About the Blog

I will post a new entry every few weeks. Some will be new writing and some will be past work that has relevance today. The writing will deal in some way with the themes that have been part of my teaching and writing life for decades:

•teaching and learning;
•educational opportunity;
•the importance of public education in a democracy;
•definitions of intelligence and the many manifestations of intelligence in school, work, and everyday life; and
•the creation of a robust and humane philosophy of education.

If I had to sum up the philosophical thread that runs through my work, it would be this: A deep belief in the ability of the common person, a commitment to educational, occupational, and cultural opportunity to develop that ability, and an affirmation of public institutions and the public sphere as vehicles for nurturing and expressing that ability.

My hope is that this blog will foster an online community that brings people together to continue the discussion.


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Wednesday, June 24, 2015

College Affordability and the Low-Income Student

            On June 10, 2015, the Shanker Institute hosted a terrific panel on college affordability that included Senator Elizabeth Warren; Sara Goldrick-Rab (a professor at the University of Wisconson); Beth Huang from Jobs with Justice; and Zakiya Smith from the Lumina Foundation.  You can access the entire presentation here.

            I want to focus on the short talk by Sara Goldrick-Rab, for she made a strong case for the way the affordability crisis particularly affects people of low to modest income backgrounds.  The data she presented demonstrate that the link between college degree attainment and parental income is stronger than any time in recent memory, and that there is a huge disparity in degree attainment between students of similar ability but different income backgrounds.  She also presented data on the prohibitive cost of college—including community college—for low-income students, even with the financial aid that is currently available.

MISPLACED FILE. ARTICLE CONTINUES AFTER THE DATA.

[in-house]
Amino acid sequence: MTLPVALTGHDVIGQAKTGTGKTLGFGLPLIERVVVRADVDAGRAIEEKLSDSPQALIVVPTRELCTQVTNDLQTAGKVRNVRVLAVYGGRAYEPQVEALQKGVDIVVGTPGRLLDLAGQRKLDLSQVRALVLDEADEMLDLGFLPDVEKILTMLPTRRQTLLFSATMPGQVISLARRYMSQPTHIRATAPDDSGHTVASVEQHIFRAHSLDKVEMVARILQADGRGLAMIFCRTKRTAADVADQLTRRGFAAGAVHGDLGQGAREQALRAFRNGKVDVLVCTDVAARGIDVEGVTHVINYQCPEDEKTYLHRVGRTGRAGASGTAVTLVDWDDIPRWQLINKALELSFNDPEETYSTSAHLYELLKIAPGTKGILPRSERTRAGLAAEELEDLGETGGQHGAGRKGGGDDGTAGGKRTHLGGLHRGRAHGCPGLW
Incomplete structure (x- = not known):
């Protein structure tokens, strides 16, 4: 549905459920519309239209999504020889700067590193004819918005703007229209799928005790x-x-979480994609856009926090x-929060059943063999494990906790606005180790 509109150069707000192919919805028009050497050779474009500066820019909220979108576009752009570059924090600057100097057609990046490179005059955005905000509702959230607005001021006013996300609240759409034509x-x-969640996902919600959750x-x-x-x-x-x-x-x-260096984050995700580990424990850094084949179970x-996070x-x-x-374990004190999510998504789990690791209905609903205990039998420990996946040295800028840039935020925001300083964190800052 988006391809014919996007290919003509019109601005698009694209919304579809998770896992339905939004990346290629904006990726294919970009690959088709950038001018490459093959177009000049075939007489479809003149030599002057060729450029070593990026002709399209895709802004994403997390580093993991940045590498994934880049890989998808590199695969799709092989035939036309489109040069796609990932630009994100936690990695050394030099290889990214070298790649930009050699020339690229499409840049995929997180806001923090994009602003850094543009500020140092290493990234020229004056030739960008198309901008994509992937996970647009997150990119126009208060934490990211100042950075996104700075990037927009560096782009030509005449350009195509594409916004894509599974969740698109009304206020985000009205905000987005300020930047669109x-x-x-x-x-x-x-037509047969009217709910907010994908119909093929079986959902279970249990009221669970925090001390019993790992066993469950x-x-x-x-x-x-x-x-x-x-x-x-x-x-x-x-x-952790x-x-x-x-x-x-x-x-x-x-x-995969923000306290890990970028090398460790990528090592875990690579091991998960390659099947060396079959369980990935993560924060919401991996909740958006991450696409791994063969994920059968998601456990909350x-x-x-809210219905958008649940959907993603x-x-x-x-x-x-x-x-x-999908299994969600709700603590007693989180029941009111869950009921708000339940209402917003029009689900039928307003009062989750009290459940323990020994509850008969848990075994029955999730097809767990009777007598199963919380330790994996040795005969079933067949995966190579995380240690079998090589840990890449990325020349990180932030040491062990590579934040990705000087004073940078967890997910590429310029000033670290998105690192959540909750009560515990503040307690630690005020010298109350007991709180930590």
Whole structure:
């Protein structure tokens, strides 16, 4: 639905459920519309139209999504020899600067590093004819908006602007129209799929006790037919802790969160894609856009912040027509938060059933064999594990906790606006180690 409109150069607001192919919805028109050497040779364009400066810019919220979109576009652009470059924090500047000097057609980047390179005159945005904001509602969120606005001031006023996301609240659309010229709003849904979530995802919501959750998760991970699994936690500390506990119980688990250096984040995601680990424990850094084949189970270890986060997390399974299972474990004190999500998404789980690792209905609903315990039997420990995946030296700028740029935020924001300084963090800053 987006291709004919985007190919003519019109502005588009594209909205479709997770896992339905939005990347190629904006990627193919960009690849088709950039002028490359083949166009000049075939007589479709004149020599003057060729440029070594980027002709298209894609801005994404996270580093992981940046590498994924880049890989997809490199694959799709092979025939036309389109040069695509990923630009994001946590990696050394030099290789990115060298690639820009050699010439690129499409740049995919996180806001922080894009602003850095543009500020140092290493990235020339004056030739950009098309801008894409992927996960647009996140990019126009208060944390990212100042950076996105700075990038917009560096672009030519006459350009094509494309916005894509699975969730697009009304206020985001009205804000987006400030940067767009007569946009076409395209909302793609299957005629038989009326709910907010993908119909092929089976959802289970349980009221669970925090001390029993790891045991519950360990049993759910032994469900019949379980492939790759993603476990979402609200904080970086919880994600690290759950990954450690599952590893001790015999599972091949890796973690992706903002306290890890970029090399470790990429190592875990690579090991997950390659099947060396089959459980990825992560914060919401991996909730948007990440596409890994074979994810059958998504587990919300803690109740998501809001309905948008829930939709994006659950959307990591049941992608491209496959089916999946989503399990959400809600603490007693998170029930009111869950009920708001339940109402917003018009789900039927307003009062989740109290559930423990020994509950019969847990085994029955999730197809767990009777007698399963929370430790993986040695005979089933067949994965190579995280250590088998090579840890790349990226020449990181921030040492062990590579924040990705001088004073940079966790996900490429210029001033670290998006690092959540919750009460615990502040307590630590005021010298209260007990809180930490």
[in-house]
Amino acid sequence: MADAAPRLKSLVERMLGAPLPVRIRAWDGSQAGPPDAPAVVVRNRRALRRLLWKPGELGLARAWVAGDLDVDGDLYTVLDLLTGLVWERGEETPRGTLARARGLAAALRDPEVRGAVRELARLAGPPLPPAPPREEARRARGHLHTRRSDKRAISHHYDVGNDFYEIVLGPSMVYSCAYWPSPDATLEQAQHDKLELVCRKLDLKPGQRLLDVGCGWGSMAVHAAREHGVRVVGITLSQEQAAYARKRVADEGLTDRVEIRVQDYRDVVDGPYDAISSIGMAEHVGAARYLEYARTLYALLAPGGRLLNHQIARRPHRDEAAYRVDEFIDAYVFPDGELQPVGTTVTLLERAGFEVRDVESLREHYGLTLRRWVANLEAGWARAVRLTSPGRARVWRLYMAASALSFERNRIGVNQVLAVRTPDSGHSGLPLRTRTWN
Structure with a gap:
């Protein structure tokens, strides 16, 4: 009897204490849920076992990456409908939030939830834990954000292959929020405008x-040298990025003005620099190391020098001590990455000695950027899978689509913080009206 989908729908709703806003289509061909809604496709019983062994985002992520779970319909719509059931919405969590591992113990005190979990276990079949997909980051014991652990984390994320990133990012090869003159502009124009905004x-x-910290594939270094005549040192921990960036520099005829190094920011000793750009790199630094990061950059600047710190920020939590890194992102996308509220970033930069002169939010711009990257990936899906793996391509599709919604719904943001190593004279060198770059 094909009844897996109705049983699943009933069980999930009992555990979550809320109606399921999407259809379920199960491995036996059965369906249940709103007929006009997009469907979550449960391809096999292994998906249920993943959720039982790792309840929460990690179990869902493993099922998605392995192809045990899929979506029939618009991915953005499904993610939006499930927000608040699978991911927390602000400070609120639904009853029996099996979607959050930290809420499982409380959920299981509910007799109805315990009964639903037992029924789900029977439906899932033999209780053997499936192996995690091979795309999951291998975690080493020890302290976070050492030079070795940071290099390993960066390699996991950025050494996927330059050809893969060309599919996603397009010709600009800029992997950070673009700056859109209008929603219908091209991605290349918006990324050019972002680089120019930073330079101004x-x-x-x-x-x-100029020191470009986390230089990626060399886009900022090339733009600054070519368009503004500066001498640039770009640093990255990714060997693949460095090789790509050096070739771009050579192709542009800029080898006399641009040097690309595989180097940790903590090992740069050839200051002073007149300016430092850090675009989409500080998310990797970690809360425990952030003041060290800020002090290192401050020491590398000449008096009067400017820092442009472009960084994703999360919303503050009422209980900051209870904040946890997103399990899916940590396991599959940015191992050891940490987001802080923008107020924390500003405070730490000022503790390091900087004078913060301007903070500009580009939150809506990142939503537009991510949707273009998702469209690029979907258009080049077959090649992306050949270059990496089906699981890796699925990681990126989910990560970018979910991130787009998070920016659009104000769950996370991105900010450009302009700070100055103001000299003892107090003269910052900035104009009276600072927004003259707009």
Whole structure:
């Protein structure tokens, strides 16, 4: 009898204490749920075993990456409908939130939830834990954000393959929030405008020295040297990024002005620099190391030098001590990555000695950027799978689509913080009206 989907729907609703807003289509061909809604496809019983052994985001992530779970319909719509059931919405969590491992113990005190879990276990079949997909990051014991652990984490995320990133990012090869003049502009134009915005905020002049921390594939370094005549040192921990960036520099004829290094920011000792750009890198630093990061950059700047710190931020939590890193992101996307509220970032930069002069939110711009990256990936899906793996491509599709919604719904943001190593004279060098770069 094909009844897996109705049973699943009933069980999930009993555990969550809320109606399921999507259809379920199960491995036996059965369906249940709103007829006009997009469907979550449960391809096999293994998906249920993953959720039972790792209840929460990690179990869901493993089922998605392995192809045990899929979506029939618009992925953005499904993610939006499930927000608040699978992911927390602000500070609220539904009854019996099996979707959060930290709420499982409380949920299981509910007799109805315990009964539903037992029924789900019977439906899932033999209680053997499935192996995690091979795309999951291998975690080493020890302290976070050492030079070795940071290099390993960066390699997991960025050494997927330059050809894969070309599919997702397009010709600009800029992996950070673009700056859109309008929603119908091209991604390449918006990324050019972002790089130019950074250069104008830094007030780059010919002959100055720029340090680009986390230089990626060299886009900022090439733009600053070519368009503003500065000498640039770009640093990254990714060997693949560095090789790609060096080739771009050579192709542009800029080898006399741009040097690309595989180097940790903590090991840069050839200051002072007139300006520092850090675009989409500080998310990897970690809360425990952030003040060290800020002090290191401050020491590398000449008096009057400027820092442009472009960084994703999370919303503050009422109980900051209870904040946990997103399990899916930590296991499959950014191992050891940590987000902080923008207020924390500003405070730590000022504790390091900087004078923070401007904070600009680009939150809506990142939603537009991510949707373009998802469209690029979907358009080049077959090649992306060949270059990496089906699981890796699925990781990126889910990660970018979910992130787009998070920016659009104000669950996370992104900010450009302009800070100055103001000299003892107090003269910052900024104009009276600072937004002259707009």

Watching Goldrick-Rab’s presentation, I kept thinking of a group of low-income community college students I’ve been following.  These are successful students, students who have strong gpa’s and who have education and career goals that they are working hard to realize.  Yet these students face financial and other barriers that keep stalling their progress toward these goals.

            They live in a tight web of financial constraint.  Making the rent is a month-to-month worry.  Even with the Affordable Care Act, medical coverage for some is out of reach.  Child care is a major concern for those without robust family networks.  Transportation in sprawling Los Angeles presents another challenge, for many low-income students don’t have a car—or a dependable one.  It is in the midst of these constraints that they go to school.

            They have different packages of financial aid—some combination of grants, work-study, loans—but it is rare, as Goldrick-Rab demonstrates, that they get enough aid to cover their costs.  There are times when they cannot afford textbooks or supplies for occupational courses.  Or they can’t pay phone or Internet bills.  Or they have to move back in with parents or live with relatives—which sometimes wreaks havoc with the demands school places on them.  One of the students I know lives in a two bedroom apartment with eight other people.  Their small financial aid checks or checks from the work they do at the college are frequently late because of administrative glitches—glitches that result in anxious negotiations with landlords and bills going unpaid.  Money is always on their mind.

            Responsibilities beyond school also weigh heavily on them, for they have no financial reserves to draw on—none whatsoever.  One woman was making good progress toward completing an Associate of Science degree on top of an occupational certificate, but had to leave college for a year to pay medical bills and help support her mother.

            The promise of the community college has been access at minimal cost, making college affordable to a broad sweep of Americans.  But for students such as those I’ve come to know—and again these are diligent, motivated people—community college is just within tenuous reach.  And sometimes slips out of reach.  There is understandable concern among policy makers about the time it takes many students to complete a certificate or degree or to transfer—and sometimes the reason is not a lack of focus or motivation, but a lack of adequate financial aid and services that would support students’ efforts to succeed.

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